We’re here to make a difference and challenge ourselves – and that’s what the Reserves is all about

With a background in psychology, Jenny Lynas has held various positions within corrections since she joined QCS.

She began as a counsellor at Arthur Gorrie Correctional Centre in 2001, followed by counselling and psychologist roles at the former Sir David Longland Correctional Centre (now Brisbane Correctional Centre).

A few years later she moved into project and more senior management roles but found that she missed hands on psychology work.

With this in mind and a passion for adventure-type activities, Jenny decided to join the Australian Defence Force (ADF) Reserves in 2006, a move which allowed her to maintain her professional accreditation and have that client contact as well.

She initially applied as a general service officer and would’ve been content driving trucks, but given her psychology background, the ADF had other plans for her.

She entered as a psychology officer, which is classified as a Specialist Services Officer in recognition of the fact that specialist officers bring with them specialist technical skills, a breadth of experience and additional capability that builds on what the ADF already have.

“Being a psychologist in the Reserves has provided some of the most professionally and rewarding activities that I’ve done as a psychologist, which wouldn’t have been possible without the high level of support from my employer in QCS,” Ms Lynas said.

“QCS has been very supportive of my decision to join the ADF and encourages officers, irrespective of position or rank, to provide Reserve service if they choose.”

There are government-wide policies in place for special leave requirements specifically for Reservists, including an employer support program to release officers to undertake military activities. This program is funded by the Federal Government to assist employers in off-setting the financial loss of staff members while on deployment.

“If the Reserves is something that interests you, pursue it. It will challenge you and allow you to do something different, but always be mindful of your priorities – family first, civilian work next, then the Reserves,” Ms Lynas said.

QCS releases Jenny from her civilian job throughout the year so she can undertake regular army exercises and pursue other training opportunities. This has included two short deployments to the Middle East.

In support of Operation Slipper in 2012 and Operation Okra in 2017, her primary role was to conduct Return-to-Australia Psychology Screens or mental health screens on soldiers returning from deployment. The screens were critical in assessing how the soldiers were tracking, that any experiences or distress they experienced or encountered on deployment were being appropriately managed and people were being linked into support if required.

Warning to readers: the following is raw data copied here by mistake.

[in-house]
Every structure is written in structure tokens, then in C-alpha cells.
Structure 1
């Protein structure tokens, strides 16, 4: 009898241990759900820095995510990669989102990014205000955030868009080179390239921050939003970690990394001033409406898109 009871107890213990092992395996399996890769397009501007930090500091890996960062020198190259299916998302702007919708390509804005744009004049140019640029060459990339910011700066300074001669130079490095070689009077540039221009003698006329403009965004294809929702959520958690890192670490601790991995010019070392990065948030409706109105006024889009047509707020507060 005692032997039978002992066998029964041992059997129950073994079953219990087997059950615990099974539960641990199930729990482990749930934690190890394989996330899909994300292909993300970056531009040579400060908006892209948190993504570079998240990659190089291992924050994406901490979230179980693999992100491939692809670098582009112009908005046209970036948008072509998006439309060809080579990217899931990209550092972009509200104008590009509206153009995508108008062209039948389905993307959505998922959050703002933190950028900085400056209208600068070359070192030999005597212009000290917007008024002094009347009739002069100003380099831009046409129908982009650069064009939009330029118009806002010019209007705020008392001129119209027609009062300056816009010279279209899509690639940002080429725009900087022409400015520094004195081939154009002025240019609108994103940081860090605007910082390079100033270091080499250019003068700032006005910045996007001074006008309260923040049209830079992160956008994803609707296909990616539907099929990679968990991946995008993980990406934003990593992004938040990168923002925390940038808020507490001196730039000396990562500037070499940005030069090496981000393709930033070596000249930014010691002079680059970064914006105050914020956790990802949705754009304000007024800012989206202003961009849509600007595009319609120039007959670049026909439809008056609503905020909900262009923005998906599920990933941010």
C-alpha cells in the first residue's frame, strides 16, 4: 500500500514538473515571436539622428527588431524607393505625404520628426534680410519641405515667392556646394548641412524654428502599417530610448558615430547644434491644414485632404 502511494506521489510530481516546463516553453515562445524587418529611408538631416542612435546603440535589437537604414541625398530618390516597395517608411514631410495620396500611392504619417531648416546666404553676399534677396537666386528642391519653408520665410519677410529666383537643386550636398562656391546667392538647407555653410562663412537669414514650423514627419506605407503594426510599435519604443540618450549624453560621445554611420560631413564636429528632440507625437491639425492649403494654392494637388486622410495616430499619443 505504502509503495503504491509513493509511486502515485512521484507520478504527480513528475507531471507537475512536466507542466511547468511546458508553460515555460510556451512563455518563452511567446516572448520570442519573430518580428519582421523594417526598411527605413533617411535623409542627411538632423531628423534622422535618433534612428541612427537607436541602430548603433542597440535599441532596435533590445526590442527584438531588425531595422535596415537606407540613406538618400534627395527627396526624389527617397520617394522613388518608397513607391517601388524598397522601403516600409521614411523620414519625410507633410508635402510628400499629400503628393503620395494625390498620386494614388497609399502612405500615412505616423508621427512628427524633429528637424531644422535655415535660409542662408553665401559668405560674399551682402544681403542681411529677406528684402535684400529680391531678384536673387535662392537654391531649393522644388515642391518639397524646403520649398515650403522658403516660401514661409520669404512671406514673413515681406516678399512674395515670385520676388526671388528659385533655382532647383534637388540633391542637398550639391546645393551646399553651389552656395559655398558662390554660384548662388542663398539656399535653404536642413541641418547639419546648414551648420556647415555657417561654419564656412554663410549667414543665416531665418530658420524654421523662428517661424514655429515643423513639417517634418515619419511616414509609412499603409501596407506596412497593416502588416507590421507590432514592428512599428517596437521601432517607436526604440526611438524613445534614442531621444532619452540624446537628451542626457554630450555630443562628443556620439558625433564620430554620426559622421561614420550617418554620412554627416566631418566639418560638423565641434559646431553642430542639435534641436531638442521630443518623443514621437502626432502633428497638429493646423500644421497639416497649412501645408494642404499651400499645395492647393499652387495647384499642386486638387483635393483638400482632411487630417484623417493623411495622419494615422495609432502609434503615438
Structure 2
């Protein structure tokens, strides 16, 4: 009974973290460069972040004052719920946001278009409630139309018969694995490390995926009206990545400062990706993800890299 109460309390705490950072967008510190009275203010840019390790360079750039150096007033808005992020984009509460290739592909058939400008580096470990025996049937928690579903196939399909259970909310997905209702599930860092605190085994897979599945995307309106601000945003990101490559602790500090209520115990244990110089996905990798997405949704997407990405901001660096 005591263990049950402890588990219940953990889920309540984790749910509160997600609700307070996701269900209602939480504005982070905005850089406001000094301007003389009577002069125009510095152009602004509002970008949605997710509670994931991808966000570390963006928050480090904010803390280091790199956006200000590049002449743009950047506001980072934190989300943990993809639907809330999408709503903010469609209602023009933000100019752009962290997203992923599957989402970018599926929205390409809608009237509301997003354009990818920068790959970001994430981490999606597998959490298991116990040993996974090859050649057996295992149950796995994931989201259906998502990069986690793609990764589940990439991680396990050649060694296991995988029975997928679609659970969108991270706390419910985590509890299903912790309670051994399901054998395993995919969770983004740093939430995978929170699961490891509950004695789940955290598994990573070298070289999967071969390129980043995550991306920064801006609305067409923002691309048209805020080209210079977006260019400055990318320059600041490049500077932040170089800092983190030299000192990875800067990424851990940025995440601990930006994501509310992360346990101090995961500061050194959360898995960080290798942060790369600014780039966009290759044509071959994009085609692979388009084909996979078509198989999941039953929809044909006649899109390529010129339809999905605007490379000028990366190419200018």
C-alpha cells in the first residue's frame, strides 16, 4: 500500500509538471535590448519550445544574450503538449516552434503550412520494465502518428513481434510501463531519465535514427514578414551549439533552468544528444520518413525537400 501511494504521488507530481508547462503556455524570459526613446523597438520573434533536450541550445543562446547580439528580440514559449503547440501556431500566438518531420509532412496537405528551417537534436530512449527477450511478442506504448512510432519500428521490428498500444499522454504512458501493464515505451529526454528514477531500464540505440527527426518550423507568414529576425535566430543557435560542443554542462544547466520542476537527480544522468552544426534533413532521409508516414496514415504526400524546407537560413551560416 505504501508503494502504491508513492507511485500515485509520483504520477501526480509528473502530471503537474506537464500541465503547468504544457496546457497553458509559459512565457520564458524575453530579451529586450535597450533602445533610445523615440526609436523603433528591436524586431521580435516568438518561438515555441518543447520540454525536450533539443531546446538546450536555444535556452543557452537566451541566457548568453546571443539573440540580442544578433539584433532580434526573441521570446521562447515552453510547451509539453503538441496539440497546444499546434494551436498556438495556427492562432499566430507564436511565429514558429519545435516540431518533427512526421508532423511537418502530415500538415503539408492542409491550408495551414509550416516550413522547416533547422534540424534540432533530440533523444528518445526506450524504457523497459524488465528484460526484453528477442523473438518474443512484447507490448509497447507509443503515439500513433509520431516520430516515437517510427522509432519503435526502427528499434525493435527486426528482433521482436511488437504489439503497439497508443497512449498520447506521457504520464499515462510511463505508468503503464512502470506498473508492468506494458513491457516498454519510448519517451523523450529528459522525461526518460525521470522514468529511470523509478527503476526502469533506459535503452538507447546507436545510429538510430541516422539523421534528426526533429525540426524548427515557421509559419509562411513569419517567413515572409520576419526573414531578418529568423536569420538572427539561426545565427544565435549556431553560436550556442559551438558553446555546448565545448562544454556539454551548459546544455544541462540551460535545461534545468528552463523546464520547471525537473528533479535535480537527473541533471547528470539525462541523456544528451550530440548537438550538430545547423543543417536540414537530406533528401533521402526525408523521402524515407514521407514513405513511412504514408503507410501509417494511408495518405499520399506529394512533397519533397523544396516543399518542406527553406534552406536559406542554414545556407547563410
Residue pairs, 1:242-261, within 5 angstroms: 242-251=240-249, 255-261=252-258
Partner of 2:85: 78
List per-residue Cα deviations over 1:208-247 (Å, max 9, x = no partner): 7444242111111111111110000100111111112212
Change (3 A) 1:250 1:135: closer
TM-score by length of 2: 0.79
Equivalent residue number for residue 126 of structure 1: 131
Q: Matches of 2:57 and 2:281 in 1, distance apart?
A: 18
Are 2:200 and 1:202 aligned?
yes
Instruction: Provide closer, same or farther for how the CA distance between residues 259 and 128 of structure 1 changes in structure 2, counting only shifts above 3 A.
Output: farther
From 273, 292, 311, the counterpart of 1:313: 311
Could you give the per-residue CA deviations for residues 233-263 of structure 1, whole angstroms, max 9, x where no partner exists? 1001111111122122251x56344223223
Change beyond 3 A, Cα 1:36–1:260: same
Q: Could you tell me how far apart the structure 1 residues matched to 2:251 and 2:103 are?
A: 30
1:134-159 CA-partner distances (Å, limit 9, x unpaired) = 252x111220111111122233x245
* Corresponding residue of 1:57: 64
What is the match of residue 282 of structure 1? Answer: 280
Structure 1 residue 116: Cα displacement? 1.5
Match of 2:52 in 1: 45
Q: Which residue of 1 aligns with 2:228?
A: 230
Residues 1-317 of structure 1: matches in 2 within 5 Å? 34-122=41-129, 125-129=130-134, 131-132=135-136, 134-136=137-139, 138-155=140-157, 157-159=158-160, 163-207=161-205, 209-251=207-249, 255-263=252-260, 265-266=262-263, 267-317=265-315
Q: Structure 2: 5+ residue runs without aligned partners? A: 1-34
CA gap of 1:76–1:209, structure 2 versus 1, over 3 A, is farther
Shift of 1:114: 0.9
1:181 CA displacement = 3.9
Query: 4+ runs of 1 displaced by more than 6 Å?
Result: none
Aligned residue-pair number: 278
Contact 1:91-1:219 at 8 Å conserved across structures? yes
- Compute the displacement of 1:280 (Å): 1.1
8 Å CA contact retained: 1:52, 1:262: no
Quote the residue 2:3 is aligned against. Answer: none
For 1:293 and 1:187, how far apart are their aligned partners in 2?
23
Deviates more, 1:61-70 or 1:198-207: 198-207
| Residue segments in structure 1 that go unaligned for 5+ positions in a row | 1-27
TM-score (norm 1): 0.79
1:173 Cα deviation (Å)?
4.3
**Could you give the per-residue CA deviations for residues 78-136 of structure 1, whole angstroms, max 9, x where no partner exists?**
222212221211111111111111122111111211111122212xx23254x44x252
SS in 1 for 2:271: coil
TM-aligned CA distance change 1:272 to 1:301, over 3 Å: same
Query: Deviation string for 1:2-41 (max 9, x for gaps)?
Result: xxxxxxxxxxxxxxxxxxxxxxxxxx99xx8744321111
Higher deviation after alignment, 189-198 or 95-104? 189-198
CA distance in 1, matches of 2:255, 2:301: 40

Other notable Reserve opportunities where Jenny has been released from work include:

  • Attendance at the 2018 Australian Military Medicine Association conference in Canberra.
  • Participating in adventure training activities, which involved back country skiing and snow survival in Falls Creek – sleeping out in snow tents and building snow caves, demonstrating how you deal with adversity and physical challenges.
  • Providing resilience training as part of the Op Kokoda Legacy where children of people who have passed in service walked the Kokoda Trail in their memory. Jenny developed and presented a training package for them in the lead up.
  • Opportunities to parade on a part-time or full-time basis while completing a Masters in Clinical Psychology through James Cook University (JCU) in Townsville, including up to 1000 hours of placement (equates to 12 months of full-time work). QCS supported Jenny to be released without pay to meet the placement requirements however, her Reserve involvement opened up placement opportunities with a full-time three month contract with first Psychology Unit in Townsville as well as parading on a part time basis when completing a placement at the JCU Psychology Clinic in Townsville.

Additionally, Reserves is about maintaining skills as a soldier and meeting the same standard that would be applied for full-time service – with that comes fitness, medical, dental and shooting requirements, job suitability, being prepared to deploy and making sure that all your professional skills, registrations and credentials are up to date.

“I am always mindful of my military service not adversely impacting on my work performance or my time that I’m able to dedicate to work.”

Jenny’s civilian role (aka ‘day job’) as the Director of the High Risk Offender Management Unit also keeps her very busy. Her team is responsible for the management of offenders and prisoners under the Dangerous Prisoner (Sexual Offenders) Act (DPSOA) 2003, support to Supreme Court matters as well as the supervision of high risk sexual offenders in the community, including GPS monitoring of DPSOA and parolees throughout the State.

Currently in the Reserves, Jenny has just been promoted to Major and is acting Officer in Command of First Psychology Unit Brisbane Reserve detachment where her focus for the remainder of the year is developing her soldiers and building that capability for army to prepare them for deployment.

“My Reserve service provides a really nice balance. The skills and experiences I’ve had in terms of developing my own leadership and command in a military context and the clinical skills I have developed have been transferable, which benefits both my civilian and military roles.”

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